Historical context: Extracts from the diary of Ron Rubin
, one of two bassists, the other being Jack Bruce
, on Mike Taylor
"Saturday 18th February 1967
. UFO, Tottenham Court Road. 'Giant Sun Trolley' Happening, opposite the Soft Machine etc. Mike spent the evening lying comatose, rigid and immobile in the middle of the floor below the bandstand, dancers gyrating around him, his hands crossed on his chest. We played without him....Monday 28th August 1967
. Ronnie Scott's Old Place, Gerrard Street. Mike turned up bearded and barefooted. Had a job getting past the doorman. Played no piano at all, just a broken tabla drum and pipes. Astonished American couple on front row goggling at the burning fag between his toes. At one point he started talking mumbo-jumbo. I said I couldn't understand, and he replied: "It's okay, RonI'm talking to the loudspeaker" ....Wednesday 20th September 1967
. Mike came round for a rehearsal. Showed me his poems, paintings and songs. Said he'd had an interesting conversation with a deer in Richmond Park, where he was living rough. Told me he'd walked all the way from there, and sat on our sofa picking stones and debris out of his bare feet. I think he's going crazy."
In the mid 1960s, pianist and composer Mike Taylor was shaping up to become one of the stars of jazz, certainly in Britain and possibly further afield. Then things started going seriously wrong in his life and he passed prematurely. Taylor drowned in the Thames estuary in 1969, aged just 31. No witnesses to the event came forward and Taylor's body was not discovered for some days, so the circumstances of his passing remain unknown. Suicide was rumoured but the coroner at the inquest ruled misadventure instead. As Ron Rubin's diary makes clear, Taylor's artistry was accompanied by a fragile mental constitution that was unable to handle the large quantities of psychotropic drugs, primarily LSD, that he consumed. In that respect, if no other, Taylor resembled the contemporaneous singer-songwriter Nick Drake and Pink Floyd singer and guitarist Syd Barrett,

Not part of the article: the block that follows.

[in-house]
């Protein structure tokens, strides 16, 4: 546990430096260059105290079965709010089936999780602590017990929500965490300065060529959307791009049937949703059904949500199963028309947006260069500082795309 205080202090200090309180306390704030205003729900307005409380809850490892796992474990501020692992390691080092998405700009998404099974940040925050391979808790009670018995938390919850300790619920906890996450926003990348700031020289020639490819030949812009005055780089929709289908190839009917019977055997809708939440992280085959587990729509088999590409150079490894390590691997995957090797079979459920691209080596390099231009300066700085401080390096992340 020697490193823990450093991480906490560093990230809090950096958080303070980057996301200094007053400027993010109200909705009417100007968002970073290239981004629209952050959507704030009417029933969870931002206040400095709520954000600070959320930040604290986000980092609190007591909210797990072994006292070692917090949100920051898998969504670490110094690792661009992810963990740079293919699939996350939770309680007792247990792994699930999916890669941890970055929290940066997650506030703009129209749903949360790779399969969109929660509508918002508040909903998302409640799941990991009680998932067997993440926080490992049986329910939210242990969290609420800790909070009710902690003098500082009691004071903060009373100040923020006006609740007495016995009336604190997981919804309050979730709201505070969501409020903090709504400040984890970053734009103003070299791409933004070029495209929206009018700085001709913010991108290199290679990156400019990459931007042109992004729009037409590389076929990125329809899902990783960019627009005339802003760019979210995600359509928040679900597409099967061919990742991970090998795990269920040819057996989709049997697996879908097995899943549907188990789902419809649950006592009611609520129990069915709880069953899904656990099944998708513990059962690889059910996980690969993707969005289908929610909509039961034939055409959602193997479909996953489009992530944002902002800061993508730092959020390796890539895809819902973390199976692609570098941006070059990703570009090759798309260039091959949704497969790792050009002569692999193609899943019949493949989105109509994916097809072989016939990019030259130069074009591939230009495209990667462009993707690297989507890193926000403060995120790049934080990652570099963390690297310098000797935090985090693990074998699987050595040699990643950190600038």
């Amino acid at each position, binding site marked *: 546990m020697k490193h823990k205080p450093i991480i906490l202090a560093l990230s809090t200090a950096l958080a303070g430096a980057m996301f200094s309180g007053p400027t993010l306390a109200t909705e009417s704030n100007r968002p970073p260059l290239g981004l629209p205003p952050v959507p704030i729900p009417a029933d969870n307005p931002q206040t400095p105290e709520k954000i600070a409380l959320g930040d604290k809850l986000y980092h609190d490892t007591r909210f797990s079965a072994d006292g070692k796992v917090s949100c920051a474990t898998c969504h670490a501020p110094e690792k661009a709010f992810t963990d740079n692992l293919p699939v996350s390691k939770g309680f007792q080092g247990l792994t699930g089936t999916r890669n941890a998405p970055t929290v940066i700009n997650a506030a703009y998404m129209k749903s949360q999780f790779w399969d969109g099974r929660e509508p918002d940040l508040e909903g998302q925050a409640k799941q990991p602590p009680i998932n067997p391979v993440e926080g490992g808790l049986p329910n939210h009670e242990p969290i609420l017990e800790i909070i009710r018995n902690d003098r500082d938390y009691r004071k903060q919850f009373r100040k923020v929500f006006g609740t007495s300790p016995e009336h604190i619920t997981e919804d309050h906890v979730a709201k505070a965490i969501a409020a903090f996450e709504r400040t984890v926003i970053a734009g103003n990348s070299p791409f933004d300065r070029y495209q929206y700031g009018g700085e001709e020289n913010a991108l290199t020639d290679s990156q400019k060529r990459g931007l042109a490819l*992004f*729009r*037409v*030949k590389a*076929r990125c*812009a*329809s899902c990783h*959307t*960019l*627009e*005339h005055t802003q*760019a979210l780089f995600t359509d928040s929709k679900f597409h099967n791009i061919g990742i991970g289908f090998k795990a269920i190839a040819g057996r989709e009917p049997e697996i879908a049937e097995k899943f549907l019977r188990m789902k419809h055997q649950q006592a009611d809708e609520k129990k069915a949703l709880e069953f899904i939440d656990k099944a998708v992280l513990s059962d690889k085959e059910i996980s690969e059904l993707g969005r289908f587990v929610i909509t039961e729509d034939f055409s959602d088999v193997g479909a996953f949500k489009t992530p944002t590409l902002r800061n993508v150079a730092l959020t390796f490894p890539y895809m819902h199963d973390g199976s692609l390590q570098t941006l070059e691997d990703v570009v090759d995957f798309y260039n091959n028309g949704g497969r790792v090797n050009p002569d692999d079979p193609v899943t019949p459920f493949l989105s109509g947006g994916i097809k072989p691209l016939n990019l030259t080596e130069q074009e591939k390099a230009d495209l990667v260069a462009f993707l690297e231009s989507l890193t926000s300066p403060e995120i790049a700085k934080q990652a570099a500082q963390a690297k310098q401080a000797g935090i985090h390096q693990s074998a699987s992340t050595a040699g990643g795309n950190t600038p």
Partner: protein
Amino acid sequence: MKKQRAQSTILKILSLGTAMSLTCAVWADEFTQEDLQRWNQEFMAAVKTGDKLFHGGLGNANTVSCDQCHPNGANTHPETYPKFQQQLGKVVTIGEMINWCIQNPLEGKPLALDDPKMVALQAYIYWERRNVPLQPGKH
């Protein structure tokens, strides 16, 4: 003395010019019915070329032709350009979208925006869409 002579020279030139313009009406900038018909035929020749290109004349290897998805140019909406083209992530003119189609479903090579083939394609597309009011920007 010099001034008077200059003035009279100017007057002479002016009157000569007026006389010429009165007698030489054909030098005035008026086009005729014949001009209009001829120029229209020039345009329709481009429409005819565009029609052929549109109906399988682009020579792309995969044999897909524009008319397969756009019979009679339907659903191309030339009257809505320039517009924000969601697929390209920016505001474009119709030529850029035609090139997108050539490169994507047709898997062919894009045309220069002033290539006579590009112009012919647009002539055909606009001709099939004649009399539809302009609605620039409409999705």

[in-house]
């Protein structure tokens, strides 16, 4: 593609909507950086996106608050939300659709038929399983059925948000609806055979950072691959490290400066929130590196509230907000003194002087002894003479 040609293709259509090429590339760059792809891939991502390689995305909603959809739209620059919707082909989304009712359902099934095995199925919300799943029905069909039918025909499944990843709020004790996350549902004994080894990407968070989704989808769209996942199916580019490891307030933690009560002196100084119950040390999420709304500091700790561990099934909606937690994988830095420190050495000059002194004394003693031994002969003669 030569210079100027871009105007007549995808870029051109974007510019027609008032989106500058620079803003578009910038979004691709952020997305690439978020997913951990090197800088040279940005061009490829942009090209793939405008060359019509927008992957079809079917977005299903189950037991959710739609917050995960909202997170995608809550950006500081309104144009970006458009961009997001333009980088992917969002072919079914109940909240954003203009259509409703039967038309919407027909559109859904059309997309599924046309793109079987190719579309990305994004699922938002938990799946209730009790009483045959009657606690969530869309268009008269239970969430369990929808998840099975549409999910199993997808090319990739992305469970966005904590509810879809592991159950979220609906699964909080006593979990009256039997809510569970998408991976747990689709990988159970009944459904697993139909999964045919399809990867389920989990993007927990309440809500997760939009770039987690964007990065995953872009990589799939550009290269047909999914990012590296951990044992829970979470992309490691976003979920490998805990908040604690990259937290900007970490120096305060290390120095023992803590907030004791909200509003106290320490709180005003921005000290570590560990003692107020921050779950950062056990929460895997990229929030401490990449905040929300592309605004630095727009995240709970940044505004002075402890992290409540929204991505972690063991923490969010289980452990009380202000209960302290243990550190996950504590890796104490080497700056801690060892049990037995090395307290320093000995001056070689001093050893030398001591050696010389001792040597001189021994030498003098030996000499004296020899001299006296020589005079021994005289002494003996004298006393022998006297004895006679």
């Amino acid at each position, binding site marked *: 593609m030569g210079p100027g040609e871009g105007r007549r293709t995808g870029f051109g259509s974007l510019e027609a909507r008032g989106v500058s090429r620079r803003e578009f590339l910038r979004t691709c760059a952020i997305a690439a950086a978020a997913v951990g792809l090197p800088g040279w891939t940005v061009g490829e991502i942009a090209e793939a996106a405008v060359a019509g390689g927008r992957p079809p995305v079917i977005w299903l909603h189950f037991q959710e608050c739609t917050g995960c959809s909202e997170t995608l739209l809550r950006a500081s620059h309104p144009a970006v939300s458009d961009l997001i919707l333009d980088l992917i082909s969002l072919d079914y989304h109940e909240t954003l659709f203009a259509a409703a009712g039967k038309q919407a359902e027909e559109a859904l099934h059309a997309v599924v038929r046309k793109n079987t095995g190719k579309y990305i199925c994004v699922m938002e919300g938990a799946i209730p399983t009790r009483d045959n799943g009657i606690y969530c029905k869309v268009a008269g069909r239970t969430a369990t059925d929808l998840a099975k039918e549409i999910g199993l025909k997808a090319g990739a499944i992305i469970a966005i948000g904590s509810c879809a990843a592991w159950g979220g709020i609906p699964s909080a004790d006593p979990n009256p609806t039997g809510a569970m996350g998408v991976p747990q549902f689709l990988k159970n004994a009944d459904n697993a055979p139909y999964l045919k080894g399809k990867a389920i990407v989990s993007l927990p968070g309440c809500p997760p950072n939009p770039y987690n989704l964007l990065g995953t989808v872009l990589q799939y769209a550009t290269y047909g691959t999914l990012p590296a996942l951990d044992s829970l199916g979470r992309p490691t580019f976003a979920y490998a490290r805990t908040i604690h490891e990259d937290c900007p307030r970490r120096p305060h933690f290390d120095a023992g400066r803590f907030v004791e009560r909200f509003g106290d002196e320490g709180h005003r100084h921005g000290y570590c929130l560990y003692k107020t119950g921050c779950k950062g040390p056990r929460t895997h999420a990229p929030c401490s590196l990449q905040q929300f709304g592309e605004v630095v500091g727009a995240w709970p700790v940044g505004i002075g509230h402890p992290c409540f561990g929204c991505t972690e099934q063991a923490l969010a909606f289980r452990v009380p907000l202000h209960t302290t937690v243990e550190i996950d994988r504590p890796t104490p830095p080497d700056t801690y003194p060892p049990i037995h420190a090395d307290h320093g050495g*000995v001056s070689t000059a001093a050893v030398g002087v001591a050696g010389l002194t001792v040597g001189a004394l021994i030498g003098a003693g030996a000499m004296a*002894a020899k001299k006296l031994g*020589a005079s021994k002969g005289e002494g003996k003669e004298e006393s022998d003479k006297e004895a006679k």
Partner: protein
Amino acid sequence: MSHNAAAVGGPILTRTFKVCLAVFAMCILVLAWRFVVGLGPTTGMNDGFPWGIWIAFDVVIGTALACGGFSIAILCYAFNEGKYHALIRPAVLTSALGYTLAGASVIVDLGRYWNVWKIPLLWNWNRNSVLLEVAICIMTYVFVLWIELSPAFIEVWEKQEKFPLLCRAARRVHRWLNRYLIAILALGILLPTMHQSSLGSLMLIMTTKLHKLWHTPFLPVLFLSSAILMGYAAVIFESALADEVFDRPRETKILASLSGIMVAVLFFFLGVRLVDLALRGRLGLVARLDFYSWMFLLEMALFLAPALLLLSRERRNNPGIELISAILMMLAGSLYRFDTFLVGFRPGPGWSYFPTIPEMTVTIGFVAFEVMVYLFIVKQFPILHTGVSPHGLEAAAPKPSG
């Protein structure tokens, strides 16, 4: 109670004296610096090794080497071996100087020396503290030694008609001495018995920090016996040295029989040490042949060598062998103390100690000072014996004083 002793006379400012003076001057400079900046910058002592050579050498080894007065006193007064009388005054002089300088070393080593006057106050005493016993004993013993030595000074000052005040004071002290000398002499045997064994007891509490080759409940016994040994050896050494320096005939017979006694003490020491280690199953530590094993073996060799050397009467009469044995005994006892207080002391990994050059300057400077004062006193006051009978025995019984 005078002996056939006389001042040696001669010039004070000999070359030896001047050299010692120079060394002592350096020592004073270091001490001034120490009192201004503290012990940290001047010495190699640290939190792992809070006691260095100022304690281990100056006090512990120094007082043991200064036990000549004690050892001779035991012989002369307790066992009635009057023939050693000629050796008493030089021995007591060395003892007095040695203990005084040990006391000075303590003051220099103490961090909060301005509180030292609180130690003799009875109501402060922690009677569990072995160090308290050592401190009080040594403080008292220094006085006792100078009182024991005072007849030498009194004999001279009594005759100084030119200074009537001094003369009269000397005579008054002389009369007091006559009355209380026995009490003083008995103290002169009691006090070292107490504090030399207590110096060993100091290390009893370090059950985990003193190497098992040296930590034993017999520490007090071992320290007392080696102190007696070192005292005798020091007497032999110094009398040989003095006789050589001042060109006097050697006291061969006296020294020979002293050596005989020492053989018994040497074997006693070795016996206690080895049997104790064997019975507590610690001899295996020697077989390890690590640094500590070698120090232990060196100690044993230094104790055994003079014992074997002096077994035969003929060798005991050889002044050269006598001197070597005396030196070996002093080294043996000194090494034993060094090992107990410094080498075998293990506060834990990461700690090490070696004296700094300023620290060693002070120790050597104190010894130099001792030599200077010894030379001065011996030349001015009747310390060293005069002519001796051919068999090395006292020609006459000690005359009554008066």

Synchronicity is a mysterious thing: In 2021, three different European labels have stepped forward to memorialise Taylor's music. Jazz In Britain has released Mandala
, a previously unissued live recording from 1965, and Sing Song Music has released Mike Taylor Remembered
, a previously unreleased collection of material composed by him, which was recorded in 1973 by friends including fellow composer Neil Ardley, drummer Jon Hiseman
and saxophonist Barbara Thompson
Now comes the icing on the cake: Swiss label ezz-thetics' Trio, Quartet & Composer Revisited
, includes a luminously remastered edition of Taylor's chef d'oeuvre, the studio album Trio
, recorded in summer 1966 with the aforementioned Jack Bruce and Ron Rubin (both of them together on some tracks) and Jon Hiseman. There are additional tracks: an extended performance of "A Night In Tunisia" from Taylor's 1966 quartet album, Pendulum
(Lansdowne), and three tracks from acid-rockers Cream's 1968 album Wheels Of Fire
(Polydor), which Taylor co-wrote with drummer Ginger Baker
("Passing The Time," "Pressed Rat And Warthog" and "Those Were The Days").
By 1966, Taylor had shed most of the hard-bop retentions which had characterised his style in the early 1960s. Someone with knowledge of advanced harmonic theory would be able to explain his new direction in academic terms, but to a layman's ears it sounds as though Taylor was exploring the outer limits of harmonically pleasing sonorities rather like a modern radio-telescope explores the orbital relationships of planets in a distant galaxy. By this time he was almost certainly habitually using LSD. But be that as it may, the music sits in a spacey category of its own, inhabiting a spectrum beyond, on one hand, the codifications of hard bop and, on the other, the harmolodic approach of Ornette Coleman
, for whom Taylor's quartet opened the bill at a London concert in 1965. There is much to discover in Taylor's tragically foreshortened output and Trio, Quartet & Composer Revisited
, a sparkling collection of originals and Great American Songbook covers, is the place to start. You are in for a treat.
All The Things You Are; Just A Blues; While My Lady Sleeps; The End Of A Love Affair; Two Autumns; Guru; Stella By Starlight; Abena; A Night In Tunisia; Passing The Time; Pressed Rat And Warthog; Those Were The Days.
Mike Taylor; piano (1-9);
Ron Rubin: double bass (1-6, 8);
Jack Bruce: double bass (3, 5-7), bass guitar (10-12);
Tony Reeves: double bass (9);
Jon Hiseman: drums (1-9);
Dave Tomlin: soprano saxophone (9);
Eric Clapton: guitar (10-12);
Ginger Baker: drums (10-12).